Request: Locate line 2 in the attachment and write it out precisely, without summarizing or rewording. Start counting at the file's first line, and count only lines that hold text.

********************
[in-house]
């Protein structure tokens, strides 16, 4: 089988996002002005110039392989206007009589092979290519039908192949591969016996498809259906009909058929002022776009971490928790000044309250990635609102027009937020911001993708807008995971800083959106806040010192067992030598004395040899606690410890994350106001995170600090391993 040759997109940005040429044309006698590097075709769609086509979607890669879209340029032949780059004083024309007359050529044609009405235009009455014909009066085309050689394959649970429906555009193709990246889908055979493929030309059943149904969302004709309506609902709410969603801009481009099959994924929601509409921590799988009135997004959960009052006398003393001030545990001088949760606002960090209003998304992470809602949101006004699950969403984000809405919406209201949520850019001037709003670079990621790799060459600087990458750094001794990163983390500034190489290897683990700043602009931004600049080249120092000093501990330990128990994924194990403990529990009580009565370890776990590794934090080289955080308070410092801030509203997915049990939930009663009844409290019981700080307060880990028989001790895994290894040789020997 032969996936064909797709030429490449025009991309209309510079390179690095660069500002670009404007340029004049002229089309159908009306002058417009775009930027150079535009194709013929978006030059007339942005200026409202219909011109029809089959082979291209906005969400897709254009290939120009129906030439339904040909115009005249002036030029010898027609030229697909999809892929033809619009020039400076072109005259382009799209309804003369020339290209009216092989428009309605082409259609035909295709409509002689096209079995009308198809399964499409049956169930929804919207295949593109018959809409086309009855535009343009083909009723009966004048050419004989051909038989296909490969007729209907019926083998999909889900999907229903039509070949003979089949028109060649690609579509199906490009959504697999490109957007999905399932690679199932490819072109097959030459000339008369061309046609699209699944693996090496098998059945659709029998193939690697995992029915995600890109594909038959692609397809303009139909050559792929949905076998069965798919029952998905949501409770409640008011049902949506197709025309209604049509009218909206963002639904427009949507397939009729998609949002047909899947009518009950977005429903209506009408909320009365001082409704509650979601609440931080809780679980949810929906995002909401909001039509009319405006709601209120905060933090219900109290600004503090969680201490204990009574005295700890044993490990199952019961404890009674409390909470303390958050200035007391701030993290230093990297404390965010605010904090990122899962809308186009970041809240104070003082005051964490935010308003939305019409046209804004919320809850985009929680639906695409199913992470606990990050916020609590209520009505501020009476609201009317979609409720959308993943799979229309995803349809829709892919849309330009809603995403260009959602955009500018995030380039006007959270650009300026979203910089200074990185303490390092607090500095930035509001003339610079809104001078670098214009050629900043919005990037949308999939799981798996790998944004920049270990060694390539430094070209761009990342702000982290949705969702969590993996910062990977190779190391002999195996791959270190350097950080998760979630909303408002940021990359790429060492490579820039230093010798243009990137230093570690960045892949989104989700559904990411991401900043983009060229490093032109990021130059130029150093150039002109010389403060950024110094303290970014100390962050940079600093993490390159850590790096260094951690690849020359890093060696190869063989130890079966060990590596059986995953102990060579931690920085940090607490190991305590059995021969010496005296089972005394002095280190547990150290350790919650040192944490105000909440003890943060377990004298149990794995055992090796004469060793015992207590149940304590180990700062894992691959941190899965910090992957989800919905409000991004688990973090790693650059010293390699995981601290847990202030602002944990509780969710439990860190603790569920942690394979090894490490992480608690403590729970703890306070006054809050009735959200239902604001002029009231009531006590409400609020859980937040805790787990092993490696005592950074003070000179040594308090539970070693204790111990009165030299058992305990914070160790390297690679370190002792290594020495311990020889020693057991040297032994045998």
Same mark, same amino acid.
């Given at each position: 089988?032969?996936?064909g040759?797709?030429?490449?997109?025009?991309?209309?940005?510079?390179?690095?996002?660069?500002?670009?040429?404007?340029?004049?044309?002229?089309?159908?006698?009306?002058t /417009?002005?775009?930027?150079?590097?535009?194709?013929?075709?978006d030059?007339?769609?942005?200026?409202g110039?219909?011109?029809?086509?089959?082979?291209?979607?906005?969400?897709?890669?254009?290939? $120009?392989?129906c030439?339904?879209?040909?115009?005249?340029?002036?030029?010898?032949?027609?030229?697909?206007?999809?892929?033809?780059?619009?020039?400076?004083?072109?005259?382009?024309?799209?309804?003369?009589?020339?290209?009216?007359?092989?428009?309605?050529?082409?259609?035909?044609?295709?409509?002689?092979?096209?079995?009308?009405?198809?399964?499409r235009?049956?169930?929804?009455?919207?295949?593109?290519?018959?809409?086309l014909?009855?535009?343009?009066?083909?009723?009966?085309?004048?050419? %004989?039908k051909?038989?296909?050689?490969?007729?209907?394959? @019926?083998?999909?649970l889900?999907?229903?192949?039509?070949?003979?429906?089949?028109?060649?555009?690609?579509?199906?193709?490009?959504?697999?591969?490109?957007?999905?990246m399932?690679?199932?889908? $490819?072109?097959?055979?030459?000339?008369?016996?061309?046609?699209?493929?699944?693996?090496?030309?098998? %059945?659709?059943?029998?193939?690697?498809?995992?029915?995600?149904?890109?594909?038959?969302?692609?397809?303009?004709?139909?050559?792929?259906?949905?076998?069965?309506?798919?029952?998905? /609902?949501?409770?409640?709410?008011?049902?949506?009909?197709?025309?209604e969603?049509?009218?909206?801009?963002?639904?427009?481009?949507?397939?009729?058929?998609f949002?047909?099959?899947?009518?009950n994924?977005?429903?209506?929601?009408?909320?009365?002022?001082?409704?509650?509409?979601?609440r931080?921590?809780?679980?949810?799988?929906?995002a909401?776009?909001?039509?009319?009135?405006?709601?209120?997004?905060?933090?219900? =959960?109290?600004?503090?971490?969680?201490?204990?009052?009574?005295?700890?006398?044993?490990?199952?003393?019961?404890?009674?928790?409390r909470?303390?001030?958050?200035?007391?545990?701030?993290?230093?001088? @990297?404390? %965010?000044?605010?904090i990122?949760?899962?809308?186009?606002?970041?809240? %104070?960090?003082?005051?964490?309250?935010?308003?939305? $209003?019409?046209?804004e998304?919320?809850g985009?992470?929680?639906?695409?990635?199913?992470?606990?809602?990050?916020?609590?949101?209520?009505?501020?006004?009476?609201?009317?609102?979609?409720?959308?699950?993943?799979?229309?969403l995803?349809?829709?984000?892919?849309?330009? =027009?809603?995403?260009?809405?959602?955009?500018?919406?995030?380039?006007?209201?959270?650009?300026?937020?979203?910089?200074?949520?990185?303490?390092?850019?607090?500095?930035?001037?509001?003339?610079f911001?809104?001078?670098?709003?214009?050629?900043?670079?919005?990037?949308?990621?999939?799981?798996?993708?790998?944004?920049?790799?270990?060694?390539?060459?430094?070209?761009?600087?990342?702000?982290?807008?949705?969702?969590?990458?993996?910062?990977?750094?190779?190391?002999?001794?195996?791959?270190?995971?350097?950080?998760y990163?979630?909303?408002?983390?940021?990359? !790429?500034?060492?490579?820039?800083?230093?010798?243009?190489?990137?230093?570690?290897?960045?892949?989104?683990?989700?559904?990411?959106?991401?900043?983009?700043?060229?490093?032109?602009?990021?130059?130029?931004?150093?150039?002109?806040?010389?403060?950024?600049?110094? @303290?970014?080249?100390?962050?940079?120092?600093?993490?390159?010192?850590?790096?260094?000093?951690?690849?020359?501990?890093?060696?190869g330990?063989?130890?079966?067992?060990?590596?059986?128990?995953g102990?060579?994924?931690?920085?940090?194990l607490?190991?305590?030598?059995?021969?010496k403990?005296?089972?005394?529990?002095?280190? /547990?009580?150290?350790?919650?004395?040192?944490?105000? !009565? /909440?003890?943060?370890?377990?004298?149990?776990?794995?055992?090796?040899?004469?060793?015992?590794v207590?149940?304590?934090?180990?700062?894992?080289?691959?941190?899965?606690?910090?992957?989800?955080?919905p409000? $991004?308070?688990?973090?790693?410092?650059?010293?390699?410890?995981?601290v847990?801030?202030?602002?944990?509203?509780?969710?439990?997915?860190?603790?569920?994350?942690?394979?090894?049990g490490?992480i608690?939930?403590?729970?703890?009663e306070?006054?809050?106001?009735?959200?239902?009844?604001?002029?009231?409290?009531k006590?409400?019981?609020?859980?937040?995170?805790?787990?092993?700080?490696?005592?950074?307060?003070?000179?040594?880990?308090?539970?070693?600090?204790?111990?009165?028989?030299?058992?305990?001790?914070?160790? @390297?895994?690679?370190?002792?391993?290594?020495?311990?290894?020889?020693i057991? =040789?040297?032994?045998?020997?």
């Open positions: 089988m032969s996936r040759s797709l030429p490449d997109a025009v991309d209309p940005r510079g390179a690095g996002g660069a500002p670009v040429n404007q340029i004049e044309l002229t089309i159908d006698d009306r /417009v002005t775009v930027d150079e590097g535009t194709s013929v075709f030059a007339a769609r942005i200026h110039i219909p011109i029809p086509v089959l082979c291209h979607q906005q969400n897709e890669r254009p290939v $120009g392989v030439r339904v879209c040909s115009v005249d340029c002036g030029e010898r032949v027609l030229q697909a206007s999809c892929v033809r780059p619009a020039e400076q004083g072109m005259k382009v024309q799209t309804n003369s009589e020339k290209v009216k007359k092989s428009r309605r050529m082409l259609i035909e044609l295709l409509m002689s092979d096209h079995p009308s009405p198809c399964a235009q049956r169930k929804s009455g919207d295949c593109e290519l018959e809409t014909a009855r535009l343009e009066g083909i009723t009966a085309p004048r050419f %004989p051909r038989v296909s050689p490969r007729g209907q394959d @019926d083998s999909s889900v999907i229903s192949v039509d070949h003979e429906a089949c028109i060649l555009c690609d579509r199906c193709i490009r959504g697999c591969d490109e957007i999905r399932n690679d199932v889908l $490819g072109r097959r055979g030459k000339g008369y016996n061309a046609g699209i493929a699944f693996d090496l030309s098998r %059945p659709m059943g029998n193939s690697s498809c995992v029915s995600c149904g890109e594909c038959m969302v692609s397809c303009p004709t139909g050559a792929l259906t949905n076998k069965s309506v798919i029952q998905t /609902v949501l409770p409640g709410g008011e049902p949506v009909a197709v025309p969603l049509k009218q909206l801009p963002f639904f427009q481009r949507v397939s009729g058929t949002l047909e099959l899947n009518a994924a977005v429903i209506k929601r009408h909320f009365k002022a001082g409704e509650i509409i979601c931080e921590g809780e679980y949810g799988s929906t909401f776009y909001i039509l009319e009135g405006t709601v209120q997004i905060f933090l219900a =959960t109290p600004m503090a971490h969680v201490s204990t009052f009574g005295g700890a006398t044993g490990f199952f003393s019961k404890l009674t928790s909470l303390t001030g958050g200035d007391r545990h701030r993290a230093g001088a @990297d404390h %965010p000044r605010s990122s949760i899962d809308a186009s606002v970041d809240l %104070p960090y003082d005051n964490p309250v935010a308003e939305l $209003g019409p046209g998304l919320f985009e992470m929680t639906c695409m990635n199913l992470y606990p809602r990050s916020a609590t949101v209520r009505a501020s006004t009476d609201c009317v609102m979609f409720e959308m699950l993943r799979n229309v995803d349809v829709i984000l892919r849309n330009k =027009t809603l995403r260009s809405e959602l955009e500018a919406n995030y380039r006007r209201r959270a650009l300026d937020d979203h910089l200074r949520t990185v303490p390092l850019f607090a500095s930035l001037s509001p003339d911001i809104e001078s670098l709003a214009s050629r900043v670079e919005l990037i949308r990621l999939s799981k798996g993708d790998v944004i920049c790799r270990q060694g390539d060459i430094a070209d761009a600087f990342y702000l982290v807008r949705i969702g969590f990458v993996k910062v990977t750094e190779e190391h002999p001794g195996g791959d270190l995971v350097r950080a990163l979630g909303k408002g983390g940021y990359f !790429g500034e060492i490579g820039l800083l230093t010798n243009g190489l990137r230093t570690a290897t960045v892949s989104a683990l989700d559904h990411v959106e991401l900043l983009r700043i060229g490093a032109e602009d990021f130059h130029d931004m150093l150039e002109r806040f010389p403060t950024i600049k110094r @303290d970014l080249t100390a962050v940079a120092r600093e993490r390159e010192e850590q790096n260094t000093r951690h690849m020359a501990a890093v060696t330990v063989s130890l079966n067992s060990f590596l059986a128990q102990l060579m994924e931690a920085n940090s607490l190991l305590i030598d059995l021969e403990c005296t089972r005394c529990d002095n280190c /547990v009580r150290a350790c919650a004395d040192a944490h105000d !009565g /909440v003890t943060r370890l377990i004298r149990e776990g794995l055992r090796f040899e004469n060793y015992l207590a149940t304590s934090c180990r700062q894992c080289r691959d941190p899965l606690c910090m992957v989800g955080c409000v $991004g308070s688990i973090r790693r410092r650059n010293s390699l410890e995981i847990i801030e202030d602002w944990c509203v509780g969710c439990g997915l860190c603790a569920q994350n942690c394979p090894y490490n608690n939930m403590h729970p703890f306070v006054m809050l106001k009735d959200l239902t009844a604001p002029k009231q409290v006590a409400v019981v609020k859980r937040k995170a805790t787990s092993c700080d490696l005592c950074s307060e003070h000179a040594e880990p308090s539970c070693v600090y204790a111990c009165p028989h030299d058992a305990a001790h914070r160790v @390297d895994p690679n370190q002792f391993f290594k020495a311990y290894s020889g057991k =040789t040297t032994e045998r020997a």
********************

């Protein structure tokens, strides 16, 4: 089988996002002005110039392989206007009589092979290519039908192949591969016996498809259906009909058929002022776009971490928790000044309250990635609102027009937020911001993708807008995971800083959106806040010192067992030598004395040899606690410890994350106001995170600090391993 040759997109940005040429044309006698590097075709769609086509979607890669879209340029032949780059004083024309007359050529044609009405235009009455014909009066085309050689394959649970429906555009193709990246889908055979493929030309059943149904969302004709309506609902709410969603801009481009099959994924929601509409921590799988009135997004959960009052006398003393001030545990001088949760606002960090209003998304992470809602949101006004699950969403984000809405919406209201949520850019001037709003670079990621790799060459600087990458750094001794990163983390500034190489290897683990700043602009931004600049080249120092000093501990330990128990994924194990403990529990009580009565370890776990590794934090080289955080308070410092801030509203997915049990939930009663009844409290019981700080307060880990028989001790895994290894040789020997 032969996936064909797709030429490449025009991309209309510079390179690095660069500002670009404007340029004049002229089309159908009306002058417009775009930027150079535009194709013929978006030059007339942005200026409202219909011109029809089959082979291209906005969400897709254009290939120009129906030439339904040909115009005249002036030029010898027609030229697909999809892929033809619009020039400076072109005259382009799209309804003369020339290209009216092989428009309605082409259609035909295709409509002689096209079995009308198809399964499409049956169930929804919207295949593109018959809409086309009855535009343009083909009723009966004048050419004989051909038989296909490969007729209907019926083998999909889900999907229903039509070949003979089949028109060649690609579509199906490009959504697999490109957007999905399932690679199932490819072109097959030459000339008369061309046609699209699944693996090496098998059945659709029998193939690697995992029915995600890109594909038959692609397809303009139909050559792929949905076998069965798919029952998905949501409770409640008011049902949506197709025309209604049509009218909206963002639904427009949507397939009729998609949002047909899947009518009950977005429903209506009408909320009365001082409704509650979601609440931080809780679980949810929906995002909401909001039509009319405006709601209120905060933090219900109290600004503090969680201490204990009574005295700890044993490990199952019961404890009674409390909470303390958050200035007391701030993290230093990297404390965010605010904090990122899962809308186009970041809240104070003082005051964490935010308003939305019409046209804004919320809850985009929680639906695409199913992470606990990050916020609590209520009505501020009476609201009317979609409720959308993943799979229309995803349809829709892919849309330009809603995403260009959602955009500018995030380039006007959270650009300026979203910089200074990185303490390092607090500095930035509001003339610079809104001078670098214009050629900043919005990037949308999939799981798996790998944004920049270990060694390539430094070209761009990342702000982290949705969702969590993996910062990977190779190391002999195996791959270190350097950080998760979630909303408002940021990359790429060492490579820039230093010798243009990137230093570690960045892949989104989700559904990411991401900043983009060229490093032109990021130059130029150093150039002109010389403060950024110094303290970014100390962050940079600093993490390159850590790096260094951690690849020359890093060696190869063989130890079966060990590596059986995953102990060579931690920085940090607490190991305590059995021969010496005296089972005394002095280190547990150290350790919650040192944490105000909440003890943060377990004298149990794995055992090796004469060793015992207590149940304590180990700062894992691959941190899965910090992957989800919905409000991004688990973090790693650059010293390699995981601290847990202030602002944990509780969710439990860190603790569920942690394979090894490490992480608690403590729970703890306070006054809050009735959200239902604001002029009231009531006590409400609020859980937040805790787990092993490696005592950074003070000179040594308090539970070693204790111990009165030299058992305990914070160790390297690679370190002792290594020495311990020889020693057991040297032994045998």